In the winter of 2013, China experienced the worst air quality in its country's history — an "airpocalypse," some called it, with the Air Quality Index (AQI), which uses a scale of 0 to 500 set by the United States Environmental Protection Agency, showing a staggering reading of 755 in Beijing.
In Shanghai, where Charles Liao relocated to eight years ago from Carbondale, Illinois, air quality in January of 2013 was considered "the worst on record," according to city environmental officials, affecting the more than 20 million residents living in the country's largest city.
Liao was one of the many people living in Shanghai who was personally affected by the heavy levels of smog that covered the city, and says he and two of his friends became increasingly concerned for their families.
"AQI was 'beyond index,'" Liao told NBC News. "Purifiers were sold out, and the three of us were frazzled. We all had young kids, had been living in China for about 30 years collectively, and knew there had to be a better solution than what we had seen on the marketplace."
Liao and his friends, Grant Prigge and David Chitayat, decided to take matters into their own hands. In the spring of 2014, the three began working on Mila, a subscription-based air purifier named after Liao's six-year-old daughter. The company began taking orders this month.
"We developed Mila out of frustration as fathers and consumers," Liao, CEO and co-founder of Mila, said. "The air purifiers we were forced to purchase at the time were clunky, overpriced, and a hassle."
Prigge, a North Carolina native, told NBC News the main inspiration for the company, which brands itself as an affordable alternative to market purifiers, came after seeing the serious effects of the poor air quality had on his family.
"My wife became asthmatic, our two year old was constantly sick, and I started getting respiratory infections while training for a marathon," Prigge said.
According to a 2015 study conducted by physicists at the University of California, Berkeley, air pollution kills roughly 4,000 people in China every day. Researchers also estimate 1.6 million people in China die annually from heart, lung, and stroke problems as a result of dangerous air conditions.
The health effects of polluted air are profound: the air breathed in is laced with carcinogenic [cancer-causing] substances, according to the World Health Organization's cancer agency. The International Agency for Research on Cancer (IARC) classifies the risk to be similar to that of breathing in second-hand tobacco smoke.
"I'm an avid runner and cyclist, I love being outdoors…but my health is affected by my environment," Liao said. "And it's really sad when the first thing [my daughter] Mila asks me in the morning is whether the air is good and she can play outside, not whether it's raining."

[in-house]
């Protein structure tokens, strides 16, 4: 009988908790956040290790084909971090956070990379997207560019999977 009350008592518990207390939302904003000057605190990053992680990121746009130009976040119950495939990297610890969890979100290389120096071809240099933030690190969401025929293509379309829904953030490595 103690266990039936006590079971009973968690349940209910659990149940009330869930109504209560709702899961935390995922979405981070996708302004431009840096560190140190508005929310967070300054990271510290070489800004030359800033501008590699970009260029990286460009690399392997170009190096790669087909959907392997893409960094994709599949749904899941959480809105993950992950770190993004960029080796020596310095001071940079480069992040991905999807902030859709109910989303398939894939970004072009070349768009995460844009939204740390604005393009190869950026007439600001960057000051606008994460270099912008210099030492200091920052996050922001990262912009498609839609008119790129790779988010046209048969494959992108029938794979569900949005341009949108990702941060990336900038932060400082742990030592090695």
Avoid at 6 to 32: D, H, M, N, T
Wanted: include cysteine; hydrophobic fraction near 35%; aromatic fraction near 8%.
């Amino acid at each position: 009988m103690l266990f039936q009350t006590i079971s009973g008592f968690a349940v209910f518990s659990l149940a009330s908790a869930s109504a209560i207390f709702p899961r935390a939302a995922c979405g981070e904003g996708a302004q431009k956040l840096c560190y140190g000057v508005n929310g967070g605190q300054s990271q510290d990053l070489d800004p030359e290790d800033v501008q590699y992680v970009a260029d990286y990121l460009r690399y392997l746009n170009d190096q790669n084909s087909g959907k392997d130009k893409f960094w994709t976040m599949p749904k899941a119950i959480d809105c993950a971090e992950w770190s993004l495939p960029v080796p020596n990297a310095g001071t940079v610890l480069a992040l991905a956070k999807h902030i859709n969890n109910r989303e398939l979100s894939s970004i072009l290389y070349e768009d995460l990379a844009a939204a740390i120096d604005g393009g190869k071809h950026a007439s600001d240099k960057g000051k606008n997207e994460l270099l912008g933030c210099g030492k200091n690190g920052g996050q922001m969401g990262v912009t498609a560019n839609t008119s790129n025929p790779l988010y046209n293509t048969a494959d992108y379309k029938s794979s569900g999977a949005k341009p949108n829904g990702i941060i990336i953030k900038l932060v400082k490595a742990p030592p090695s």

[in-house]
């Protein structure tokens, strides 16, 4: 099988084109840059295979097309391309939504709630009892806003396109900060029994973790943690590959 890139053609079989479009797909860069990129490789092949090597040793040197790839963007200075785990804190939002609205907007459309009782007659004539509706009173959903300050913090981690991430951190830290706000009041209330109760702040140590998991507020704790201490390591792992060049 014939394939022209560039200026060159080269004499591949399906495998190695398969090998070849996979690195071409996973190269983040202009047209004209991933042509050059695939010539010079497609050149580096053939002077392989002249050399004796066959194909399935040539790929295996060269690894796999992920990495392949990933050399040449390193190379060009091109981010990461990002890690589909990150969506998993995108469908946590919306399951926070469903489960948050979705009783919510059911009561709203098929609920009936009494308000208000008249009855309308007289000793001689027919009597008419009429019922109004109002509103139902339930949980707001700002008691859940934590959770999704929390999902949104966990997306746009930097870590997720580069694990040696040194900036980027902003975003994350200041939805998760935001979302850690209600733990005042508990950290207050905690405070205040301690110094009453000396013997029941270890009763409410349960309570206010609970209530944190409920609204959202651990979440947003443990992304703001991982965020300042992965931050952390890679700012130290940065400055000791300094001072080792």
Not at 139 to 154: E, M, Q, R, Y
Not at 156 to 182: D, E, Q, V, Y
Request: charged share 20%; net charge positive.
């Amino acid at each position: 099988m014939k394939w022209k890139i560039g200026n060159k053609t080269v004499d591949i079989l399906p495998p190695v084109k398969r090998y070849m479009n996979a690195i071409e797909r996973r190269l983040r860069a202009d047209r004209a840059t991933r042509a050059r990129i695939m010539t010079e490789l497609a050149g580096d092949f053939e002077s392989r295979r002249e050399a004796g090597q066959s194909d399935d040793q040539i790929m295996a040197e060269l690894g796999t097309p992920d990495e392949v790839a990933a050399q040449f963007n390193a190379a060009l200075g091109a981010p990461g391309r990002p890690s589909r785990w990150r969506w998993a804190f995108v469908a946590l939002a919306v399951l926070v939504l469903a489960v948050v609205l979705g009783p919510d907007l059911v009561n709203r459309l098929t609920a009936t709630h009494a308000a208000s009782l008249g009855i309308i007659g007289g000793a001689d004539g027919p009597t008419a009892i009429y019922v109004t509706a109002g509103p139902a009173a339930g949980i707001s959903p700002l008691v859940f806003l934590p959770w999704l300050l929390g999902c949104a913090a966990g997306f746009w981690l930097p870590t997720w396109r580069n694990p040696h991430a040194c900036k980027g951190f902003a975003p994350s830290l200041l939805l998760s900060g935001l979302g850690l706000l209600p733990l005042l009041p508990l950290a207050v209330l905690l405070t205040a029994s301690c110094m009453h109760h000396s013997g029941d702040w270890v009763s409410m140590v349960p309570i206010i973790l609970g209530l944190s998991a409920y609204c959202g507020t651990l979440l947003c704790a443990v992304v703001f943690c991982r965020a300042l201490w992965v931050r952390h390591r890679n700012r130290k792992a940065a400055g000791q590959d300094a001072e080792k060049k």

In recent years, officials in China have acknowledged the air quality situation, and made the country's first major revision to its 15-year-old air pollution law last year, which included the restriction of various sources of smog, particularly in vehicles.
But China's air pollution problems has been a significant struggle for years, primarily because due to emission through the burning of coal in factories and power plants. Despite numbers that show the air quality improved throughout 2015, at least in Beijing, the numbers are still severe: last month, Beijing officials issued a red alert for smog — the first time they had raised the alarm to its peak level since an emergency air pollution response system was declared in 2013.
China's fluctuating air quality has been reflected in the sale of air purifiers: according to China Market Monitor, more than 5 million air purifiers were sold in China in 2014, but sales declined 18 percent in the first half of 2015.
High-efficiency particulate arresting (HEPA) filters carry an industry standard that issues the filtering of 99 percent of particles sized 0.3 microns or larger, and are of high implementation in China. But even with increased regulation, the price of HEPA-equipped purifiers continues to soar.
"Most people buy air purifiers like French wine," Prigge said. "They have no idea if it's good or bad, they just buy the most expensive one they can afford and assume it must be good."
As a result, filter units have become bigger and driven higher profit margins, but Prigge adds that larger units don't necessarily mean a better product.
"It doesn't matter if you have a huge unit in your living room. It does little to nothing to improve the air in your kid's room down the hall," he said.
This defines the main concept of Mila: the system is equipped with multiple purifiers to maximize the coverage of several rooms throughout a home — a concept that is rooted in the founders' mission to create "the perfect family air purifier."
"We speak to our customers as three fathers," Prigge said. "We know our customers are buying these units for the health of their loved ones and we take that responsibility seriously."